December 2014 Newsletters
CFPB Proposes Expansive Rules for Prepaid Products, Could be Effective by Next Holiday Season
On Nov. 13, 2014, the Consumer Financial Protection Bureau (CFPB) proposed rules regarding electronic funds transactions to prepaid cards. While the rules are not effective yet, they are important to review and keep in mind, especially in light of one of the busiest times of the year for retailers.
Prepaid cards can be purchased at retailers or online, and are conveniently loaded with funds by a consumer, employer, government agency or another third party. They are among the fastest growing payment methods and have billions of dollars placed on them each year. According to the CFPB, the dollar value loaded onto them this year is expected to reach $100 billion by the end of this holiday season.
These cards are useful to people trying to stick to a budget and avoid overdraft fees, and are particularly popular during the heightened spending of the holidays. Often, parents will give teens or college-age children prepaid cards as gifts to monitor how they are spending money. The cards are also a spending option for those without bank accounts.
Consumer advocates have been critical of prepaid cards because they can include many fees for routine transactions, such as for checking balances or using an out-of-network ATM, without the fees being clearly disclosed. Such advocates argue the lack of information also makes it harder for consumers to comparison shop.
The CFPB’s proposed rules for prepaid cards would require customers to receive online statements and easy access to account information. The rules would also limit consumer liability for lost, stolen or fraudulently used cards, similar to current credit card and checking account protections, and would establish error resolution procedures. The CFPB also proposed new “Know Before You Owe” prepaid disclosures that would require clear information about the costs and risks of prepaid products upfront.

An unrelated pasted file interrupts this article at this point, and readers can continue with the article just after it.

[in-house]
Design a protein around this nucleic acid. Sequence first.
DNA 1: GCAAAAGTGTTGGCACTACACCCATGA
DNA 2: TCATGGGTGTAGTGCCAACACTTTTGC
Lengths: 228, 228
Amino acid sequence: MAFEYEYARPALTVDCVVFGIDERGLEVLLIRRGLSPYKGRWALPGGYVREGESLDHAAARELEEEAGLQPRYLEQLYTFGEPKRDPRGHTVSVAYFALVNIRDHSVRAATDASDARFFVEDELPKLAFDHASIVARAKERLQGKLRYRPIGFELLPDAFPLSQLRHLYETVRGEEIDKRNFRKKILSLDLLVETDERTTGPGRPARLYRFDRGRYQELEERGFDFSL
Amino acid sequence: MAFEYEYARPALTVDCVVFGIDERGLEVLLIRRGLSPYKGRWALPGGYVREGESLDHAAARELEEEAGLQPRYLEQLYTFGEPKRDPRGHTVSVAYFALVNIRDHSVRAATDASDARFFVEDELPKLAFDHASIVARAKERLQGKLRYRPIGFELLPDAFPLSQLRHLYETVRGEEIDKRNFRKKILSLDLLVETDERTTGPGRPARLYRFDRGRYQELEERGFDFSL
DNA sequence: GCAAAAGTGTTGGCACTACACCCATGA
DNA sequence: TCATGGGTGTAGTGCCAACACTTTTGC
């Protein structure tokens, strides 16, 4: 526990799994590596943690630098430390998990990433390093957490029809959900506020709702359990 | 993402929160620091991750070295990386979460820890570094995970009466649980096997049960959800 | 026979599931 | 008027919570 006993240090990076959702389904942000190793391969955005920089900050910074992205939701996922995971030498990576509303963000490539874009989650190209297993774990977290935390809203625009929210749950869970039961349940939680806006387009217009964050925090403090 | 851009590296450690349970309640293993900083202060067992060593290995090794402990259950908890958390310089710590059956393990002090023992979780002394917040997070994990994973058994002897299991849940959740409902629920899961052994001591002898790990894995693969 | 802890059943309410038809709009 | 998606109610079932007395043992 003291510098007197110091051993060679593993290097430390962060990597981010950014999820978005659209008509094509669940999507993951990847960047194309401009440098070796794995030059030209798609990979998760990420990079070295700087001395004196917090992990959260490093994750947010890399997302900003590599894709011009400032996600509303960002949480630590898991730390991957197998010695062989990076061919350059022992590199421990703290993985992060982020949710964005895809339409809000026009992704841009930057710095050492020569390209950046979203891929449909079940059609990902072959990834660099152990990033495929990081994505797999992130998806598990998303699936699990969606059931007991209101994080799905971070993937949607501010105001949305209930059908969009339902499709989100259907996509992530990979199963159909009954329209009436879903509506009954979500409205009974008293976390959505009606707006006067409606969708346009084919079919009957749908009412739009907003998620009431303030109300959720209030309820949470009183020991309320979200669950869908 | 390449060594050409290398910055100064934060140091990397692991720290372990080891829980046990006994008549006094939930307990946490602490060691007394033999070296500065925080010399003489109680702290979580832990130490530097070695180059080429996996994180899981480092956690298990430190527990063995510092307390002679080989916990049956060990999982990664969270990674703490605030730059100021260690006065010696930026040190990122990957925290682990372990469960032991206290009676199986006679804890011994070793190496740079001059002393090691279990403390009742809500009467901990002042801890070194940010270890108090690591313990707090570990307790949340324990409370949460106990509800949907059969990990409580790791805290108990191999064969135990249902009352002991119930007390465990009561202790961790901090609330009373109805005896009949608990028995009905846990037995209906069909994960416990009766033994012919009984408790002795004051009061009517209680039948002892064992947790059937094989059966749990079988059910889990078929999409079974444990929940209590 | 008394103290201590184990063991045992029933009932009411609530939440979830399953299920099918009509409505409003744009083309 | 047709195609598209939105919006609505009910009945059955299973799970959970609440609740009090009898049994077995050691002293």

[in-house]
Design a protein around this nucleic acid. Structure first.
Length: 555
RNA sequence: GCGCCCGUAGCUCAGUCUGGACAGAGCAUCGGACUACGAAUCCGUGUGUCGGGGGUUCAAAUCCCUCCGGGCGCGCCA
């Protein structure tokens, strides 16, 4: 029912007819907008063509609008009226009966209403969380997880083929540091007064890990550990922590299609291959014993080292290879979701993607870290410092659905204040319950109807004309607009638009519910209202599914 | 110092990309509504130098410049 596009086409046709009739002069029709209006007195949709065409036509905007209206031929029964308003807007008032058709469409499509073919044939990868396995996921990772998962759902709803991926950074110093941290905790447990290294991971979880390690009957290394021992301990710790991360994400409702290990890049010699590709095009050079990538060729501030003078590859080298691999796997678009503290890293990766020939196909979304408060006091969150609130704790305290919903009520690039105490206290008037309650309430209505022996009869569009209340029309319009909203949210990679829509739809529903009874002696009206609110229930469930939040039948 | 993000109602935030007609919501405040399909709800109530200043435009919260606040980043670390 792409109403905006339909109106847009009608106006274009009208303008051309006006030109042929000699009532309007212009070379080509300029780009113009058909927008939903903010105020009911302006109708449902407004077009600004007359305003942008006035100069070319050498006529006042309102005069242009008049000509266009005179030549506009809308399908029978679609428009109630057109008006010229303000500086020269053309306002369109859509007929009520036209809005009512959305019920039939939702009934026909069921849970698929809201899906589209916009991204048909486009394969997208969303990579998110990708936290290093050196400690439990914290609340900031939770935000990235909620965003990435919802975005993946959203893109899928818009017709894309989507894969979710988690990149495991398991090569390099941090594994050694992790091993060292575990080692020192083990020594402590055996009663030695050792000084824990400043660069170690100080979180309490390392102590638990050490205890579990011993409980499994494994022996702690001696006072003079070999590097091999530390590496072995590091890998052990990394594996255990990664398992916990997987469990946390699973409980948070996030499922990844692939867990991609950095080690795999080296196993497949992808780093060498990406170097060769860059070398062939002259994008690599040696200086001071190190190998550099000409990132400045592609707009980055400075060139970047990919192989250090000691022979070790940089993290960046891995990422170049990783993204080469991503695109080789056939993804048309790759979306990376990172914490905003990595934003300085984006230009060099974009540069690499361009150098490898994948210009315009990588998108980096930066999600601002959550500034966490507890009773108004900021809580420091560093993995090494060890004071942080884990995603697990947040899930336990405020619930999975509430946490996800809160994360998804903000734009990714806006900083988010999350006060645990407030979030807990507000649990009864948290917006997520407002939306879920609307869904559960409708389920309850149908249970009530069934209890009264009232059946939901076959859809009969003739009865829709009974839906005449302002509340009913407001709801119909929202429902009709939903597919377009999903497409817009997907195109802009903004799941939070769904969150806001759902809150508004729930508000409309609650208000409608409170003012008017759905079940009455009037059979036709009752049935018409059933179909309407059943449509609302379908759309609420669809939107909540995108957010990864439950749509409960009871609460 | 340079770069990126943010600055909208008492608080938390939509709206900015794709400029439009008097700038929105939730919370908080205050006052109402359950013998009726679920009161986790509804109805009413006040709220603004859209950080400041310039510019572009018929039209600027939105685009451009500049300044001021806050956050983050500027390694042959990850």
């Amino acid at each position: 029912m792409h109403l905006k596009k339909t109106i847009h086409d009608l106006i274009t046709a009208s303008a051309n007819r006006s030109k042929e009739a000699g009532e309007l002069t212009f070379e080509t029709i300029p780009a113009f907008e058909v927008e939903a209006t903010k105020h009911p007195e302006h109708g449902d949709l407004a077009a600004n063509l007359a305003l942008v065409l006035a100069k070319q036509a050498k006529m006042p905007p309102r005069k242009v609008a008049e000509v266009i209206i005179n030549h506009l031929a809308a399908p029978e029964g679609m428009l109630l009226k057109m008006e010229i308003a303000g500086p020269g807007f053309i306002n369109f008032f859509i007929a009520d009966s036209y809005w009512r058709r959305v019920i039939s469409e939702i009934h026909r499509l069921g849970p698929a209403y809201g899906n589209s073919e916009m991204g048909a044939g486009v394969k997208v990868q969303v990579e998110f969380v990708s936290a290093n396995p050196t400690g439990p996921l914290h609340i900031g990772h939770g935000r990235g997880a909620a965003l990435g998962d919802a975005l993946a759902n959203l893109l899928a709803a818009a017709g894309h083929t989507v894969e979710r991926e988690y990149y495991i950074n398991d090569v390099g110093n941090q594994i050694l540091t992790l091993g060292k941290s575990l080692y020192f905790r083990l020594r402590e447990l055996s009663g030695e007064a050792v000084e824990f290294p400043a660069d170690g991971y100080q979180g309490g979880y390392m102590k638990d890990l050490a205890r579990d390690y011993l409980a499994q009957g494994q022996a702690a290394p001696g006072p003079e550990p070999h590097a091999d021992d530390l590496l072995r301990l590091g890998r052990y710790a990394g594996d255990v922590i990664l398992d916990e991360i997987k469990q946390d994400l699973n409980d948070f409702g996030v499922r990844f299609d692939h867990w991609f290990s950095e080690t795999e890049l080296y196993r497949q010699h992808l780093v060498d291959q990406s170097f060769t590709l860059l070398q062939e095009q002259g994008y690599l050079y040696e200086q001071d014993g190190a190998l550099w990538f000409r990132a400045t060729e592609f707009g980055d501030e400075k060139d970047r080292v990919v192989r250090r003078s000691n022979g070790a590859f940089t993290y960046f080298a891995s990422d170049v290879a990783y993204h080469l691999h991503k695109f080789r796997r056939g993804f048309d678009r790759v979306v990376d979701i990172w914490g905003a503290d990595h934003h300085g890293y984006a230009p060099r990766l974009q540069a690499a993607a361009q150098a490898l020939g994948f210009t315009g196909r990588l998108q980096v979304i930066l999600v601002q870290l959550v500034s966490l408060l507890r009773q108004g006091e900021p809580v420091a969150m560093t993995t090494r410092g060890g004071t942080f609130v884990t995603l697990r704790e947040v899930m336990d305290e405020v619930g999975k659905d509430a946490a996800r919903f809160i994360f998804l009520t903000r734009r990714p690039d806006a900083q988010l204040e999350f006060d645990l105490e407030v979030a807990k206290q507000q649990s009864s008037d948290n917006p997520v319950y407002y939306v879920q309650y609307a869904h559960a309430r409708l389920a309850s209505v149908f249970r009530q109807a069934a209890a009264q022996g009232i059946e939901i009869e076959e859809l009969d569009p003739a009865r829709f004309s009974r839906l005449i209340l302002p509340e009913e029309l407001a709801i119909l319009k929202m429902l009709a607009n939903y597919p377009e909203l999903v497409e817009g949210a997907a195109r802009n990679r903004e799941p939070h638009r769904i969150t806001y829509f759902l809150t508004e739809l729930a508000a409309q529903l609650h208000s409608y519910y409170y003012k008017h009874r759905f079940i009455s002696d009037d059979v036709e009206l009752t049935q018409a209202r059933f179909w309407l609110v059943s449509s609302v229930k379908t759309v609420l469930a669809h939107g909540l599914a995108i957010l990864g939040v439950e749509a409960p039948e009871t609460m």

But the rules cover much more than these cards commonly used as gifts. The rules cover any account loaded with consumer funds on a prepaid basis that can be accessed for payments, ATM withdrawals or peer-to-peer transactions. The rule also applies to many mobile wallets and virtual currency products, as well as payroll cards, certain federal, state and local government benefit cards that distribute unemployment insurance, child support and pension payments, student financial aid disbursement cards and tax refund cards. There are exclusions for health savings accounts and mobile apps that only store payment credentials for other accounts are not covered.
Although the rules are only proposed as of now, once effective, they could create significant compliance requirements worthy of immediate consideration, especially during the holidays and other popular times for retailers.